Wednesday, July 18, 2012

Mortgage repurchase claims rise at BofA

Mortgage repurchase claims at Bank of America surged more than 40 percent in the second quarter, the bank said Wednesday, a fact that analysts repeatedly questioned but bank executives downplayed.

The putback requests reached $22.7 billion, up from $16.1 billion last quarter. Bank of America has reserved for $15.9 billion.

Mortgage putbacks occur after a bank sells a mortgage to an investor, often to be securitized. If the purchaser of the loan determines that the bank originating the mortgage misrepresented the quality of the loan, the buyer can attempt to force the bank to repurchase it. They're often called rep and warranty claims.

At Bank of America, the greatest volume of repurchase requests come from Fannie Mae and Freddie Mac. The Charlotte bank has said it has a disagreement on the validity of Fannie's claims. Chief Financial Officer Bruce Thompson also said a settlement announced Tuesday with Syncora also would have reduced that figure.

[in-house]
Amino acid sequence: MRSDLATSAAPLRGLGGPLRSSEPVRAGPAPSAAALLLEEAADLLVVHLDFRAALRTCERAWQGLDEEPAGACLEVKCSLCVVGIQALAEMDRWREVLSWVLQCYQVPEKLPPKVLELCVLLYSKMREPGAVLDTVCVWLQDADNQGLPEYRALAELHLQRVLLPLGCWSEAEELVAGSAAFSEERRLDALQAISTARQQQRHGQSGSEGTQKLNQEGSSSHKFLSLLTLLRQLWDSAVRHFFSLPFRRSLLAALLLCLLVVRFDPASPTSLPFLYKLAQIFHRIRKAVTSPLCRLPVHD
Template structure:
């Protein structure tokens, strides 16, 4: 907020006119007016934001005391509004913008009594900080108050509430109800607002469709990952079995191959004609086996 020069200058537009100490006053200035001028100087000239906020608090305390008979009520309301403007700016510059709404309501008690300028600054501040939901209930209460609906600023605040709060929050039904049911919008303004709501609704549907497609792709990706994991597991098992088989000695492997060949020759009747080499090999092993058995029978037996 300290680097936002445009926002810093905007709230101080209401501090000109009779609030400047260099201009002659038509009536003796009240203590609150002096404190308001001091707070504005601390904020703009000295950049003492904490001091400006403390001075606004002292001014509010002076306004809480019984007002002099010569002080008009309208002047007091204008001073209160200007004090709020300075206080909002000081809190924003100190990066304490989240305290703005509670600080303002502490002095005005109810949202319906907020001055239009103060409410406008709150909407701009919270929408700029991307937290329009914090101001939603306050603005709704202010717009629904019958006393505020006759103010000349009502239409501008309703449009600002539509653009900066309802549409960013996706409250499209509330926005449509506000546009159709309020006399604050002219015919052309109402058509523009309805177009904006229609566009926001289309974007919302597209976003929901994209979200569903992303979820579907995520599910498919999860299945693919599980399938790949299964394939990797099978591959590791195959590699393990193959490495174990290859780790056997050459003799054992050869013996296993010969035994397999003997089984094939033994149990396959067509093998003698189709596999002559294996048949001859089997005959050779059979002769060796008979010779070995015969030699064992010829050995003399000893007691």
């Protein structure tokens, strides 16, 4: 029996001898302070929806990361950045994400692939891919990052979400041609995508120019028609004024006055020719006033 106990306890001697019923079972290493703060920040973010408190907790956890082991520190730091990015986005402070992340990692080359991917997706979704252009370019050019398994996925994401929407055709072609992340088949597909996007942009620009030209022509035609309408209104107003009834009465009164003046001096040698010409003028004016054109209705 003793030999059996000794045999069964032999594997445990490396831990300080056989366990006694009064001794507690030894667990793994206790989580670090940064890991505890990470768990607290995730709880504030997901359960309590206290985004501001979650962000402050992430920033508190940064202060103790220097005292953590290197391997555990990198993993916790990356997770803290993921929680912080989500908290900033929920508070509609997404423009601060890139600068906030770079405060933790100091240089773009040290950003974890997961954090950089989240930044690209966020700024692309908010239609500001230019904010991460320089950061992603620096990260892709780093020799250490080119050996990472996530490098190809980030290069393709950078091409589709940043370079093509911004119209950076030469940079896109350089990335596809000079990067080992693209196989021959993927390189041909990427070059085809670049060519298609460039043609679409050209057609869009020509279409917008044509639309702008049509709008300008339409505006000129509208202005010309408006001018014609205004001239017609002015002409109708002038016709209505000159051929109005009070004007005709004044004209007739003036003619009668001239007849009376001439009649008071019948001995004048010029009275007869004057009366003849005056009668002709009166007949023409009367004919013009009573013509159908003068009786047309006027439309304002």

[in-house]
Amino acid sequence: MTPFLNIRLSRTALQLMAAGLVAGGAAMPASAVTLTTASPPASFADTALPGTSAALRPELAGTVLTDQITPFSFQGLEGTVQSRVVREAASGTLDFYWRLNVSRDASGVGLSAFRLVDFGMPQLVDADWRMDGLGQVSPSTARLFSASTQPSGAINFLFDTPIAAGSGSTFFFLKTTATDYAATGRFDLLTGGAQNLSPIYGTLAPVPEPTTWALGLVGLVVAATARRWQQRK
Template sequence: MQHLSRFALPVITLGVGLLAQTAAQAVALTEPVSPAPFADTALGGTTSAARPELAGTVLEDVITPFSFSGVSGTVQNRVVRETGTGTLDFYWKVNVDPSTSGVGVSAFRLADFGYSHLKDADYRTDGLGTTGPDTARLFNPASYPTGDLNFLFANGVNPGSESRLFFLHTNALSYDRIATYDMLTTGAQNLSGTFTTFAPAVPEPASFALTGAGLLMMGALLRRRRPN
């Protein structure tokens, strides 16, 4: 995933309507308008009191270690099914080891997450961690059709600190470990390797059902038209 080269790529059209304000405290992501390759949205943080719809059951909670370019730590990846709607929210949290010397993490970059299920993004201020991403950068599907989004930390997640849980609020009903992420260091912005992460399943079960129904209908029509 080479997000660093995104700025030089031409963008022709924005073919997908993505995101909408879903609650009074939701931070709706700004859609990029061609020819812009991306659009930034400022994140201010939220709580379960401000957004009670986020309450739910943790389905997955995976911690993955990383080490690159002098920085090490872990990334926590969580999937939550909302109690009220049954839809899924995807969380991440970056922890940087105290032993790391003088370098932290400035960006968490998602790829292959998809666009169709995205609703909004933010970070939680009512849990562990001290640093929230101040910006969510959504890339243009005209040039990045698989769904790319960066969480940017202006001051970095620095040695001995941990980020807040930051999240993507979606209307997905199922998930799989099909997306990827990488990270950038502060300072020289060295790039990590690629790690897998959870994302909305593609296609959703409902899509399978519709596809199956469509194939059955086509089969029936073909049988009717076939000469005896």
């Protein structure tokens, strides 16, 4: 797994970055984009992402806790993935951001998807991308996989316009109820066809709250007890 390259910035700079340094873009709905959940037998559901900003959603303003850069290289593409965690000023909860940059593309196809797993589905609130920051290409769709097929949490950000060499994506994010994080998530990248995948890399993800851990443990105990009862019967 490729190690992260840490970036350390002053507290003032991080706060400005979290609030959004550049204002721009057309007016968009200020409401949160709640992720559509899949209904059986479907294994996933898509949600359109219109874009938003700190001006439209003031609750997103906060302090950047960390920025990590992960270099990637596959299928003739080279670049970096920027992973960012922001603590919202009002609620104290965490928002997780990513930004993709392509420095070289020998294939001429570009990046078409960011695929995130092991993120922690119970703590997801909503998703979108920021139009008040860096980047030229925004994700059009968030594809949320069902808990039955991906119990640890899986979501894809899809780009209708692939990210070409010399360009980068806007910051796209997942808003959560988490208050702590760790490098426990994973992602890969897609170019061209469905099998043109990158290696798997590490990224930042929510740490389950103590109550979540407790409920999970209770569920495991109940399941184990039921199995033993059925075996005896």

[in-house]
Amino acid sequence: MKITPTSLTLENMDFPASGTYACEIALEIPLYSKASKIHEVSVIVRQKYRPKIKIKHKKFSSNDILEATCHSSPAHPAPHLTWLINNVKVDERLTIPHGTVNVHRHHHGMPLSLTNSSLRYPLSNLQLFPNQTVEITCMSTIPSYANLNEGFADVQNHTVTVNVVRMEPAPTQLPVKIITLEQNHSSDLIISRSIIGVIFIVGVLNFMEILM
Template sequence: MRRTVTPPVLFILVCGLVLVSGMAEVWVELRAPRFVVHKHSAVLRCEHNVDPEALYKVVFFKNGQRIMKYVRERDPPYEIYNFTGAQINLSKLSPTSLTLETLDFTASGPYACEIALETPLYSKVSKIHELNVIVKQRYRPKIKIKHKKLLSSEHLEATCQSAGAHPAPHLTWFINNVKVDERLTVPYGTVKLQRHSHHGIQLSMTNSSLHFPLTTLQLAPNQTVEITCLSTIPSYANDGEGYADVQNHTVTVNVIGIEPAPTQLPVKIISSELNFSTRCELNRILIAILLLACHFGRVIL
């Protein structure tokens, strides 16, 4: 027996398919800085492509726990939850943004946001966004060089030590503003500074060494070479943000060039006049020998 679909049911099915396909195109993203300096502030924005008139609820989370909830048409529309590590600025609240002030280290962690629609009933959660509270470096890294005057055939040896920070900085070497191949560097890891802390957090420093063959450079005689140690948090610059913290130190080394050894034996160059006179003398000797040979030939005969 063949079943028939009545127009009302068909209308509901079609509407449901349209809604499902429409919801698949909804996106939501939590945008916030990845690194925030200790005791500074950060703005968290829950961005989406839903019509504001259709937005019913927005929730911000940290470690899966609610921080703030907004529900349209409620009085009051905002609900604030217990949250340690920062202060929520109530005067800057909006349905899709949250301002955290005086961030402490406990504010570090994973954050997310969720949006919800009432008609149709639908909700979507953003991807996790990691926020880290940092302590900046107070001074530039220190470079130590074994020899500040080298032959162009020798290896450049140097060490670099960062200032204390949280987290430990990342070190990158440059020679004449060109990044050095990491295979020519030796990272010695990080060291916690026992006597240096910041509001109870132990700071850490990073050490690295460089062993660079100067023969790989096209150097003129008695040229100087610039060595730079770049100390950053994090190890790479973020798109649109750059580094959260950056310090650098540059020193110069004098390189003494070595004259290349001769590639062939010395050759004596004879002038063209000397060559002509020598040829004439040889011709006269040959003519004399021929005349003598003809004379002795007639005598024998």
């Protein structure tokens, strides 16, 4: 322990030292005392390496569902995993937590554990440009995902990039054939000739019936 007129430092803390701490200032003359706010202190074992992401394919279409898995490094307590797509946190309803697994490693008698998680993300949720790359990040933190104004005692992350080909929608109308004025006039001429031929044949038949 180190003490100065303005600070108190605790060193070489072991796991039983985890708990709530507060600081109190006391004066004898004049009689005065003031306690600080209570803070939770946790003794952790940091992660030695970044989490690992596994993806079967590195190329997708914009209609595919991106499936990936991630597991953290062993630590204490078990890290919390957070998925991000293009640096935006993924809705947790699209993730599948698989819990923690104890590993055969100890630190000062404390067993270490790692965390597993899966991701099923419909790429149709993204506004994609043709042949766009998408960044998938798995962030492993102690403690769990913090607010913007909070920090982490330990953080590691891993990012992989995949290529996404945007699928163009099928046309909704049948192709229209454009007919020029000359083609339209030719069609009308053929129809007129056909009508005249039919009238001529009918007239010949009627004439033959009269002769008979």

The issue gathered the lion's share of questions from analysts on a conference call with Bank of America's management Wednesday morning. Brennan Hawken, an analyst at UBS, noted that the bank's claims were more than six times higher than any of its peers, but had only set aside about twice as much money.

"All we can really say at this point, quite frankly, is that the reserving is based on our view of what the agreements are," Thompson said in reply. "There are disagreeents that are out there. I'm not sure there's a lot more to say on that."